This study examined the experiences of teenagers seeking and receiving care for depression from primary care providers. We investigated teens’ perceived barriers in obtaining care to determine how primary care can effectively address depressed teens’ stated needs. In-depth individual (n = 15) and focus group (n = 7) interviews with adolescents were conducted and analyzed using grounded theory and prominent themes were identified. Teenagers reported faring best when providers actively considered and reflected upon the teenagers’ developmentally appropriate desires to be normal, to feel connected, and to be autous. These goals are achieved by providers establishing rapport, exchanging information about depression etiology and treatment, and helping teens make decisions about their treatment. To the extent that providers improve efforts to help teens feel normal, autonomous, and connected, the teens report they are more likely to accept treatment for depression and report success in treatment.
depression; adolescents; identity; primary care; patient-provider communication
Acne vulgaris is a common dermatological disorder that predominantly affects teenagers, but can also affect preadolescents and post-teen individuals. Despite the fact that acne vulgaris is the most common skin disorder encountered in ambulatory dermatology practice in the United States, there has been limited research on the epidermal permeability barrier in untreated skin of people with acne vulgaris and also after use of acne therapies. This article reviews the research results and discusses the available literature on this subject area. The importance of proper skin care as a component of the management of acne vulgaris is supported by the information that is currently available.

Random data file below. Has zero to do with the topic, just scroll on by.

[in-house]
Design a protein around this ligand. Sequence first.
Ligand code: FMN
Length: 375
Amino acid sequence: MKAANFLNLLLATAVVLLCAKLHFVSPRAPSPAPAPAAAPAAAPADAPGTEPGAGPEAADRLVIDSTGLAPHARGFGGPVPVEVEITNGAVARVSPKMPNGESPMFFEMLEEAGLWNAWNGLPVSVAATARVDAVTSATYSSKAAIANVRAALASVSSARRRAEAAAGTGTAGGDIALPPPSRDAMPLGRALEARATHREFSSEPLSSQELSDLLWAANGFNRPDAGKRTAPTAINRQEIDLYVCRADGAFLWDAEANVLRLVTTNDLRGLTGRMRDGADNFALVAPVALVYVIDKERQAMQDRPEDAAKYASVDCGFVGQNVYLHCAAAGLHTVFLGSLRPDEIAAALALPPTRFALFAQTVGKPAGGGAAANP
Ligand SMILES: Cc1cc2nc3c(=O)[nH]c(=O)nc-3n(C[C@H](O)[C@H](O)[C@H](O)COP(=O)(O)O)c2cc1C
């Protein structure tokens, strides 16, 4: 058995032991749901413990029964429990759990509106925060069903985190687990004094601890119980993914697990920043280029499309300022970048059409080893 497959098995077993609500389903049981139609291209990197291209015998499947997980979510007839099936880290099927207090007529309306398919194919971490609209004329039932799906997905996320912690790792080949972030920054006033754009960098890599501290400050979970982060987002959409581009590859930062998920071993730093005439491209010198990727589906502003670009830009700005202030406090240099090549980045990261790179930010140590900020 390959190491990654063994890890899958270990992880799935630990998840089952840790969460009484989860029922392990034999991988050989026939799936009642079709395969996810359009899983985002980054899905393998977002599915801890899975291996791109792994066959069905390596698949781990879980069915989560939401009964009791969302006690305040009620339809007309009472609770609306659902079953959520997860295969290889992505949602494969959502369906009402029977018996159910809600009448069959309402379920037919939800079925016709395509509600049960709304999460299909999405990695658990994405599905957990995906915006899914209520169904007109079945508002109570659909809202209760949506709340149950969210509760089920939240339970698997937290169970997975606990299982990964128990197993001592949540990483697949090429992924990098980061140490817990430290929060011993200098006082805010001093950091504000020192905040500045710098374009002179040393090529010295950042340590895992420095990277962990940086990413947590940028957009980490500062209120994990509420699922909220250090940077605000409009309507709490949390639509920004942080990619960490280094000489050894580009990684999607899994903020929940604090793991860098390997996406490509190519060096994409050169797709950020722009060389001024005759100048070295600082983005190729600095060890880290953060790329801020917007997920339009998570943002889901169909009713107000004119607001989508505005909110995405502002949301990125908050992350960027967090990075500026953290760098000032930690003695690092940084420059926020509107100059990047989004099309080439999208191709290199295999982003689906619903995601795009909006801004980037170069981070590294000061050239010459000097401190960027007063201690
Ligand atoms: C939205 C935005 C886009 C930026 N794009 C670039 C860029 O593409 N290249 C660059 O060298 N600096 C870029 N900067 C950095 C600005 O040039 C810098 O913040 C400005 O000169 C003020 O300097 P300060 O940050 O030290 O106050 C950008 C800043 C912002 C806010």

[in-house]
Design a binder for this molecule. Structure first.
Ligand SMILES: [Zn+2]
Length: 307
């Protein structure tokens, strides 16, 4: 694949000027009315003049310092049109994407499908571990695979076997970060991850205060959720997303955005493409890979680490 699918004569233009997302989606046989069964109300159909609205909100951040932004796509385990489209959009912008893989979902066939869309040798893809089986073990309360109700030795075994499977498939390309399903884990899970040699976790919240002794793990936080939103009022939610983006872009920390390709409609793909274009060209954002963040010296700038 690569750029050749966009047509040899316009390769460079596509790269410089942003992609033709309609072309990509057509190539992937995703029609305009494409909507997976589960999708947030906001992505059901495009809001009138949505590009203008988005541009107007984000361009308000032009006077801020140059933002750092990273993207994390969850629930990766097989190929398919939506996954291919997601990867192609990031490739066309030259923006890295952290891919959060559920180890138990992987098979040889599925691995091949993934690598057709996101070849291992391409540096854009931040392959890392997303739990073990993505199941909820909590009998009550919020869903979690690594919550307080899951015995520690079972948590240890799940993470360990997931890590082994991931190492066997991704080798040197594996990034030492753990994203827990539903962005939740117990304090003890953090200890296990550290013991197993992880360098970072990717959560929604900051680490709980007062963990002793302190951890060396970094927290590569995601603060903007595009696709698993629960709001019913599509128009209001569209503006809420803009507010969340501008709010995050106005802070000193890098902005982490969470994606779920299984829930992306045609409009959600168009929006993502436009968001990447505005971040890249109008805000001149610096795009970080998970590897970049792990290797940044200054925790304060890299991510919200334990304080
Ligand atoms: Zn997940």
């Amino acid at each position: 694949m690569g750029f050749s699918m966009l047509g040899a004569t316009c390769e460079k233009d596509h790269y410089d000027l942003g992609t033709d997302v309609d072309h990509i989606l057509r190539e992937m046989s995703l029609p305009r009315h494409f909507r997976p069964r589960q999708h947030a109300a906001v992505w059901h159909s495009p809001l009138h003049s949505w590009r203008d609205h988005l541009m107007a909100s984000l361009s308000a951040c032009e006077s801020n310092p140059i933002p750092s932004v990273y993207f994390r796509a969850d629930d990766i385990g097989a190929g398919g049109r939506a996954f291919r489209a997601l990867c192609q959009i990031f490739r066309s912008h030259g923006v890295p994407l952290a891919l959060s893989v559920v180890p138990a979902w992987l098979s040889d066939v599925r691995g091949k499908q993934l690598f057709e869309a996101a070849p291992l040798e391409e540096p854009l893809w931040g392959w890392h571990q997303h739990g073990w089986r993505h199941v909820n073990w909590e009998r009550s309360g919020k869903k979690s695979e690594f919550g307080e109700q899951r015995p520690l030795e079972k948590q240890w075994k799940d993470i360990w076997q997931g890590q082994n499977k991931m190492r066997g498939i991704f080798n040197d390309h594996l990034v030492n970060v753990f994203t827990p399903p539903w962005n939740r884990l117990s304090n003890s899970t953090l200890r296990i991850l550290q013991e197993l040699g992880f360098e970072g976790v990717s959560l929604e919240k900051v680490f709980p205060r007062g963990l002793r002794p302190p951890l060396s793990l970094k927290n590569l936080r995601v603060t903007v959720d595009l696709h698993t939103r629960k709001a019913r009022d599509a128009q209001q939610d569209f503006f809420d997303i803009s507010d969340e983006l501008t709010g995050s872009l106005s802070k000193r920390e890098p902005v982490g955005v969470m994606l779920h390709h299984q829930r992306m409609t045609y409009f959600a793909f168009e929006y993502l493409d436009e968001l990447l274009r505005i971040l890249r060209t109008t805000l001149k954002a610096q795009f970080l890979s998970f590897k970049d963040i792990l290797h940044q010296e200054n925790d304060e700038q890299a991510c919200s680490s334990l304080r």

Although there is literature about adults’ experiences of depression, little research has focused on teenagers’ experiences. In this article, the authors describe how a sample of adolescents makes sense of depression and responds to a depression diagnosis. Twenty-two adolescents participated in in-depth individual or focus group interviews. Teens discussed their experiences with depression and getting health care for depression, and described a trajectory similar to that found among adults: a slow growth of distress, a time of being in a funk, and a time of consideration of whether they are depressed. Teens who received a diagnosis from a medical provider then sought to make sense of their depression. Teens understood a depression diagnosis as a helpful label, a chronic medical problem, or a significant part of their identity. Understanding the subjective experience of adolescents who are depressed might increase health care providers’ empathy and improve their communication with teens.
depression; adolescents; treatment; attitudes; primary care; meaning
Acne, the most common problem that presents to dermatologists, can persist beyond teen years. Although its physical and psychosocial impact is studied in teen years, it is poorly understood in the Indian adult population.